IoT technologies have already started to add new enhancements to safety and security along with greater efficiency and improved environmental sustainability. McKinsey Research predicts we’ll have 600 smart cities throughout the world by 2020 and they will be responsible for generating 60% of the world’s GDP by 2025. It means that smart cities that utilize sensors and actuators to wirelessly connect all of the services we associate with city living like lighting, traffic routing, heating, cooling, emergency response systems and so on, will no longer just be a scene from a science-fiction movie. Driverless cars that communicate with each other and traffic lights to prevent traffic jams and collisions are already innovated. Countries like the Netherlands and South Korea have been working on creating wireless networks entirely devoted to serving IoT devices with Low Power Wide Area Networks (LPWANs), although Bill Morelli, Senior Director, IT and Networking at IHS Markit, estimates 90% of communication devices are switched on, while perhaps only 50% of cars and accessories are ever connected.  In addition, the city of Mississauga, Canada’s sixth largest municipality, uses the Cisco IoT System to deliver city-wide Wi-Fi, connect its transit systems, optimize buildings, and run an intelligent streetlight system – all managed through a single command and control center.

The penetration of IoT technologies at this level also means that millions of devices generating and sharing massive amounts of data will be analyzed and used to assess future patterns through predictive analytics. As a result, marketers can gain a great opportunity to measure, collect, and analyze an ever-increasing variety of behavioral statistics in order to have a deeper insight into everyday behaviors. As the shift turns from pilot projects to enterprise production, IT involvement is necessary for efficient management and security.

Speaking of marketing, significant changes must be made for IoT to reach enterprise grade and scale. For instance, voice-activated assistants like Amazon’s Alexa and Google Home will change the way consumers search for information. As users grow more accustomed to this way of search, keyword-based queries will consequently disappear. Eventually, marketers will adopt an optimization method to be found via IoT searches, rather than for click-through rates in search engines. On the bright side, personalization will be even more feasible due to a massive amount of data. Consumers will get even more relevant content and information out of search. 

To put how the IoT system can improve services and products into perspective: Cisco worked with Harley-Davidson for the motor company to deploy plant-wide Ethernet architecture and digital signage, giving the motorcycle manufacturer flexibility across its supply chain. The new architecture also provides an expansive view of information across the organization and helps reduce plant downtime. Employees also reported an improved working culture.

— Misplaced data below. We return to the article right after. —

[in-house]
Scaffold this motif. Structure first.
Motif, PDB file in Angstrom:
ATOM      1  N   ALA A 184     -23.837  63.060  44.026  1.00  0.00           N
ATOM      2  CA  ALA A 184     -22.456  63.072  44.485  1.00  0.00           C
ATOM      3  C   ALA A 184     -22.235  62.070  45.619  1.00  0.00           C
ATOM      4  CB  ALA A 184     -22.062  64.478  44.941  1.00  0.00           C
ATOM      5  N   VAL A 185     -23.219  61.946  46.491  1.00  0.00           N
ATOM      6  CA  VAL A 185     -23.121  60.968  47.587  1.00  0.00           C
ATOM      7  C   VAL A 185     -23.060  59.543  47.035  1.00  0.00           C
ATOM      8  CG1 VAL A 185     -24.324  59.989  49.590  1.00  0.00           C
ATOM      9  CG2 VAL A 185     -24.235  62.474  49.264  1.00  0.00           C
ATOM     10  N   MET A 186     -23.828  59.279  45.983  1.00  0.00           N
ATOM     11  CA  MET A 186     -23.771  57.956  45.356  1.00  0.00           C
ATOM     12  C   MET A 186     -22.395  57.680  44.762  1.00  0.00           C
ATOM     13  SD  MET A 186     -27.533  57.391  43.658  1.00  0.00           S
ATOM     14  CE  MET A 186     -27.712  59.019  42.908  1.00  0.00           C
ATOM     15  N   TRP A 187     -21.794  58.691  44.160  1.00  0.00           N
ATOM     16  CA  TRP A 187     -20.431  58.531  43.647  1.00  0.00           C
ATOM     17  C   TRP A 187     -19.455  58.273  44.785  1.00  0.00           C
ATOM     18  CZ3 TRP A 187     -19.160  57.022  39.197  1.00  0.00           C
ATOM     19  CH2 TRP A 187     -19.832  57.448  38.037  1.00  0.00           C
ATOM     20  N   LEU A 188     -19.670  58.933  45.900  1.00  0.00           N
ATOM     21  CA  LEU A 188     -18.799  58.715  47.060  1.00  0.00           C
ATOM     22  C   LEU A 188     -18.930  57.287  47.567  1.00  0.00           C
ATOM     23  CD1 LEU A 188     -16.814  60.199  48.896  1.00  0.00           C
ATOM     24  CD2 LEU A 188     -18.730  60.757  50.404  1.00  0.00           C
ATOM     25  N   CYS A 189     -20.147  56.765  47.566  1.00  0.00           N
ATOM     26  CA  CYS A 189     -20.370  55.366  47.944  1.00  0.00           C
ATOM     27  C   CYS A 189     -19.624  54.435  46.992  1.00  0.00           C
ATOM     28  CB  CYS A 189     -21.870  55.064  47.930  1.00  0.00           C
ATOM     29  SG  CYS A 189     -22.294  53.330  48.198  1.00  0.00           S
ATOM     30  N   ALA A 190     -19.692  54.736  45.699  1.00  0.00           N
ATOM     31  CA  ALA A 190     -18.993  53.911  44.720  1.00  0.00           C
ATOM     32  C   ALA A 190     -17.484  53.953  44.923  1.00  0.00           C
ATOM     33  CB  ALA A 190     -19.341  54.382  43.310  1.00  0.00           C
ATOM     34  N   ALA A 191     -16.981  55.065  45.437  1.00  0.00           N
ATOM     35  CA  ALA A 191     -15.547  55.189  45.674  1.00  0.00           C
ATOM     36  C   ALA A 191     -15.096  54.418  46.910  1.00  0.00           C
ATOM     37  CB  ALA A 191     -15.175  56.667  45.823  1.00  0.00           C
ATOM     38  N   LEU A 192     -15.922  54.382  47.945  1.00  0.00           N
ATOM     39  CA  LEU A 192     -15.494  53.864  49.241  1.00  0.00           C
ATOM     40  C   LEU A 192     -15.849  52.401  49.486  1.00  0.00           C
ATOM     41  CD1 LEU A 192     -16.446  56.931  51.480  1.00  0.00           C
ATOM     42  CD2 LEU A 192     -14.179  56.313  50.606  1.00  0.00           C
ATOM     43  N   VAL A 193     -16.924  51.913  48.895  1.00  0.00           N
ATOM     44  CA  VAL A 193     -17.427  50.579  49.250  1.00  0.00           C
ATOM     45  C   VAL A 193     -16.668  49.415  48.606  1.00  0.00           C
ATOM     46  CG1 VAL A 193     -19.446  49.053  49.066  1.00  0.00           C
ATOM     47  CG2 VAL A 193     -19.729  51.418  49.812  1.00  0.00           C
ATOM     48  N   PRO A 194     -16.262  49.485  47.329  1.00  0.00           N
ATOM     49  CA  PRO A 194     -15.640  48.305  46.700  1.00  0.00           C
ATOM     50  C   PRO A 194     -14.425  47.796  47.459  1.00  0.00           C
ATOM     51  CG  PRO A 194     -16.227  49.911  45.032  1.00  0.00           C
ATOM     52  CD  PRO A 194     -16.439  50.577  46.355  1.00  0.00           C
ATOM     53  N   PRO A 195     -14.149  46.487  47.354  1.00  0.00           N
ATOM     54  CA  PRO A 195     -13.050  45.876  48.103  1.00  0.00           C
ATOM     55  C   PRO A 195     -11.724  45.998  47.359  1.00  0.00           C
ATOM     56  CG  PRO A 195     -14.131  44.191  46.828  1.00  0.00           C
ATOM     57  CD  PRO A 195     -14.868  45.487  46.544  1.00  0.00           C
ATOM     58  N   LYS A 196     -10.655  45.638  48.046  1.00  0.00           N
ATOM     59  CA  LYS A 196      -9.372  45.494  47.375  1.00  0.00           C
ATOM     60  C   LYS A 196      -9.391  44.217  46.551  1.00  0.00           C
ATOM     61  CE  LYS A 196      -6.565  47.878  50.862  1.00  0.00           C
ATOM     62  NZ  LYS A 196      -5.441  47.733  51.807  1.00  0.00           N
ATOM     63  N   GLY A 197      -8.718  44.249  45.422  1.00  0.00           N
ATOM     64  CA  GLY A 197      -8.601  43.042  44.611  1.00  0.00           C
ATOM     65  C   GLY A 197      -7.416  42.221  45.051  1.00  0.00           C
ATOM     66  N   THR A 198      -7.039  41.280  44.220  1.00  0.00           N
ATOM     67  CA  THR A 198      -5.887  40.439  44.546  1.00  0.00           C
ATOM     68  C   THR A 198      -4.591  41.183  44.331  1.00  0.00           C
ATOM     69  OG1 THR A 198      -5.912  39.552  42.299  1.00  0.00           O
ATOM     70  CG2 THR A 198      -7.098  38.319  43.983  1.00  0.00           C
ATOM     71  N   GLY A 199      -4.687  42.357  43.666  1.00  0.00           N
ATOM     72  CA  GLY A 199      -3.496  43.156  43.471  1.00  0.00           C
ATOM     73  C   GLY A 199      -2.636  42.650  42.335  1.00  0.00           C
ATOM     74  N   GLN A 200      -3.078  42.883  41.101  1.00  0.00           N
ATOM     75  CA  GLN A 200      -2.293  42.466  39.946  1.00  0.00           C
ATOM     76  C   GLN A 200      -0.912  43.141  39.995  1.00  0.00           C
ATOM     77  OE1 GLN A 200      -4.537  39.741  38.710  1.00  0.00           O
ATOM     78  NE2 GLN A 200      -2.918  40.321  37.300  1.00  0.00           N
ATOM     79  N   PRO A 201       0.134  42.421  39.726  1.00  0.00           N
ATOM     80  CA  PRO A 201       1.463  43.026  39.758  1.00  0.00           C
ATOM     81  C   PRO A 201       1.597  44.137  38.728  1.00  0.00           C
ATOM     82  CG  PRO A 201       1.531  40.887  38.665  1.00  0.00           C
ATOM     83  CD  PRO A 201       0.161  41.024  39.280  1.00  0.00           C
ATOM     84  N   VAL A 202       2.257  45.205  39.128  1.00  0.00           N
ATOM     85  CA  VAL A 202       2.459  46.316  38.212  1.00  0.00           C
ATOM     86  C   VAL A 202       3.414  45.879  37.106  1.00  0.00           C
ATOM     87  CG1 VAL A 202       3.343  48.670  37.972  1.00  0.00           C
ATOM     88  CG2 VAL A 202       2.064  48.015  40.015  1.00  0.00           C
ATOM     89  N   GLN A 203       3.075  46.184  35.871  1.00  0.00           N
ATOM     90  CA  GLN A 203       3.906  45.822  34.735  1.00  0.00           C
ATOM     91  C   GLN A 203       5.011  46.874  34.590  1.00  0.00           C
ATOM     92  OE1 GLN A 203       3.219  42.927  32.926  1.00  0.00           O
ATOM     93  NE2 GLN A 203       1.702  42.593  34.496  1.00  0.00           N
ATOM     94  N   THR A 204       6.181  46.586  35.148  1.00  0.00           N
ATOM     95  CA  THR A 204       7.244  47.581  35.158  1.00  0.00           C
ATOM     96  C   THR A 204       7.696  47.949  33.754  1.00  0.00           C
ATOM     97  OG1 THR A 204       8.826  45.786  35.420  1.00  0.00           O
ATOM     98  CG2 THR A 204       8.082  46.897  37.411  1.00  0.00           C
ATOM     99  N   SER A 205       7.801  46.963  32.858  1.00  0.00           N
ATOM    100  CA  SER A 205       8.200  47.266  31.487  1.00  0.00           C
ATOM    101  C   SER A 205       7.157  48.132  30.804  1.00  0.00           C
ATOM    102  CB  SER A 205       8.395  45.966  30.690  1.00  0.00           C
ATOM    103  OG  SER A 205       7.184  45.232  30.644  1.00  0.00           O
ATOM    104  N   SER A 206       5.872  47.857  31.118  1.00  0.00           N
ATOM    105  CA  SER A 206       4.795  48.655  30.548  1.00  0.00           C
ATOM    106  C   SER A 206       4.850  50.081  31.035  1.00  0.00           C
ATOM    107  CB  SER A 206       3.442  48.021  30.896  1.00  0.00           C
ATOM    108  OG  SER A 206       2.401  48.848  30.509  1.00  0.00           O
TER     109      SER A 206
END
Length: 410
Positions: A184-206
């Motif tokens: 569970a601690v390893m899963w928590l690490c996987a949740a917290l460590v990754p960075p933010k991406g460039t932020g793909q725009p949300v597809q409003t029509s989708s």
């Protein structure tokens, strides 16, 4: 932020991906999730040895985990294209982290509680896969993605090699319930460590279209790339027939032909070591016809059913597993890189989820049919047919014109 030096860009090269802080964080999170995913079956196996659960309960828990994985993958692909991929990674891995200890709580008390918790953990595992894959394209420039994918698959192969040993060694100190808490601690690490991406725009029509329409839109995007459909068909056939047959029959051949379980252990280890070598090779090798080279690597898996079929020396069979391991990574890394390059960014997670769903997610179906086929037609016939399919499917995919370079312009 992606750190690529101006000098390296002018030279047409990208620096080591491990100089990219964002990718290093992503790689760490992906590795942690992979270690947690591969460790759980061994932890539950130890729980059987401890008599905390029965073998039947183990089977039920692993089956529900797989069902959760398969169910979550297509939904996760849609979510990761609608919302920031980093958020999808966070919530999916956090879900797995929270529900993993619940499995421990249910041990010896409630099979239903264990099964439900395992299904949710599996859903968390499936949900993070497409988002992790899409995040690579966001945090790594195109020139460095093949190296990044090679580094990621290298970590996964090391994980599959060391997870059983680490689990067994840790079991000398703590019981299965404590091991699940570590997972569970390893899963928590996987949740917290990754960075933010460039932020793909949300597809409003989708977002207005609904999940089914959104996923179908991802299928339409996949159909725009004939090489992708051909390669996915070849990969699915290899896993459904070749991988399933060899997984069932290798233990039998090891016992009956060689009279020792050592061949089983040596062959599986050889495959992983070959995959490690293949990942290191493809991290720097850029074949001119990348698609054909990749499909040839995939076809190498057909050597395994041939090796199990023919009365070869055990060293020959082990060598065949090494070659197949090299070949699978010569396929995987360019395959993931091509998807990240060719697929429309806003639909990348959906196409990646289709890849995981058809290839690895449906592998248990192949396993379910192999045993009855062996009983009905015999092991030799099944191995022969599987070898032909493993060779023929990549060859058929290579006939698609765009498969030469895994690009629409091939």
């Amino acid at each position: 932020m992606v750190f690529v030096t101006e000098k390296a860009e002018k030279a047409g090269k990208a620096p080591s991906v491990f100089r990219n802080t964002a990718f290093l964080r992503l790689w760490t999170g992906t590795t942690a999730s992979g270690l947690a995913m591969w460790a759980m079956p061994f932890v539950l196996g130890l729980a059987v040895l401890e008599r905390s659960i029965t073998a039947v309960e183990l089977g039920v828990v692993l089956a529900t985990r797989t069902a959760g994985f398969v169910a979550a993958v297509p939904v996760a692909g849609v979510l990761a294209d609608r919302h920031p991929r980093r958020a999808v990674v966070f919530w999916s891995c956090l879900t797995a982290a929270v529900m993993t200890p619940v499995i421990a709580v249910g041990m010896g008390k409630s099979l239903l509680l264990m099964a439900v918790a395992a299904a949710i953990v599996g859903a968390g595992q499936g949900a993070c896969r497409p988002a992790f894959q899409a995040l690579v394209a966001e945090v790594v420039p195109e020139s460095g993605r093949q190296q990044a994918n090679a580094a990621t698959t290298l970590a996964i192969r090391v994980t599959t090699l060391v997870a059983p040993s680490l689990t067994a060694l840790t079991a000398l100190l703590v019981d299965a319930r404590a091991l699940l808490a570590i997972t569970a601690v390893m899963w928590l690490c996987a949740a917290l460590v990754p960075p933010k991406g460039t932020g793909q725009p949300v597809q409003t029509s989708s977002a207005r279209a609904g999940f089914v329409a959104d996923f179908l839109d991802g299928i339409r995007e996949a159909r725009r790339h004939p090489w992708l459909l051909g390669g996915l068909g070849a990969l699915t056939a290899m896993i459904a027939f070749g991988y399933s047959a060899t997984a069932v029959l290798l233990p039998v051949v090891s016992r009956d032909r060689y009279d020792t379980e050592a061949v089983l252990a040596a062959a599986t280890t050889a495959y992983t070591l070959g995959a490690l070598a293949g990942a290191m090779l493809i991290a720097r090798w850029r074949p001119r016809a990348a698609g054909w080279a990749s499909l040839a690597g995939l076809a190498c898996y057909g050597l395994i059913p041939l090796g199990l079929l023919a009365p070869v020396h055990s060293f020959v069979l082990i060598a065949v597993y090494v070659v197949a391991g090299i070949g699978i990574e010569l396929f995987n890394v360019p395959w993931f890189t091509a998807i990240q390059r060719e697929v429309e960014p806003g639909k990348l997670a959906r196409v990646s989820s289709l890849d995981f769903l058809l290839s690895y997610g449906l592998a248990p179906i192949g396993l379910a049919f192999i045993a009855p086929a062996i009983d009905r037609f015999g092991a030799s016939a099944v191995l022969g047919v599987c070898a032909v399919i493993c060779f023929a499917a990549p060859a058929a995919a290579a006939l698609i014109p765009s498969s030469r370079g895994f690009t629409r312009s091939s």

“We now have greater manufacturing flexibility across the supply chain… and have experienced a substantial reduction in downtime. What used to take hours or days to triage and troubleshoot now takes seconds,” said David Gutshall Infrastructure Design Manager at Harley-Davidson Motor Company

Another great example of IoT and big data working together is happening in Barcelona. The city offers smart parking meters that operate on city-wide wi-fi, giving residents real-time updates on where to park and allowing them to pay with their phone. Smart bus-stops provide passengers with real-time updates via touch-screen panels, and a city-wide sensor network informs workers and residents about temperature, air quality, noise level, and pedestrian traffic. To do so, Barcelona takes advantage of a big-data system on Microsoft Azure to process and analyze the myriad of data points it is receiving. The insights generated by the system enables the city to offer better public transportation, more efficient plans for events like the La Mercé Festival, and a better understanding of the impact of tourism.

IoT means easier access to more data and better insights but it also brings some formidable challenges. The sheer size and speed of the data can overwhelm the sturdiest network infrastructure. As a result, delays caused by bandwidth congestion or inefficiently routed data may create chaos in some cases. Ensuring the security of devices and the privacy of users shouldn’t be sacrificed either. Today, customers have higher expectations around speed and dependability than ever before. Technologies often grow in unexpected ways and at unexpected rates so if your organization is planning to invest in this space, you should at least know that a partial commitment to IoT isn’t enough. The network architecture must be considerably designed and capable of being upgraded to meet future needs. 


Venus Tamturk

Venus Tamturk

Venus is the Media Reporter for CMS-Connected, with one of her tasks to write thorough articles by creating the most up-to-date and engaging content using B2B digital marketing. She enjoys increasing brand equity and conversion through the strategic use of social media channels and integrated media marketing plans.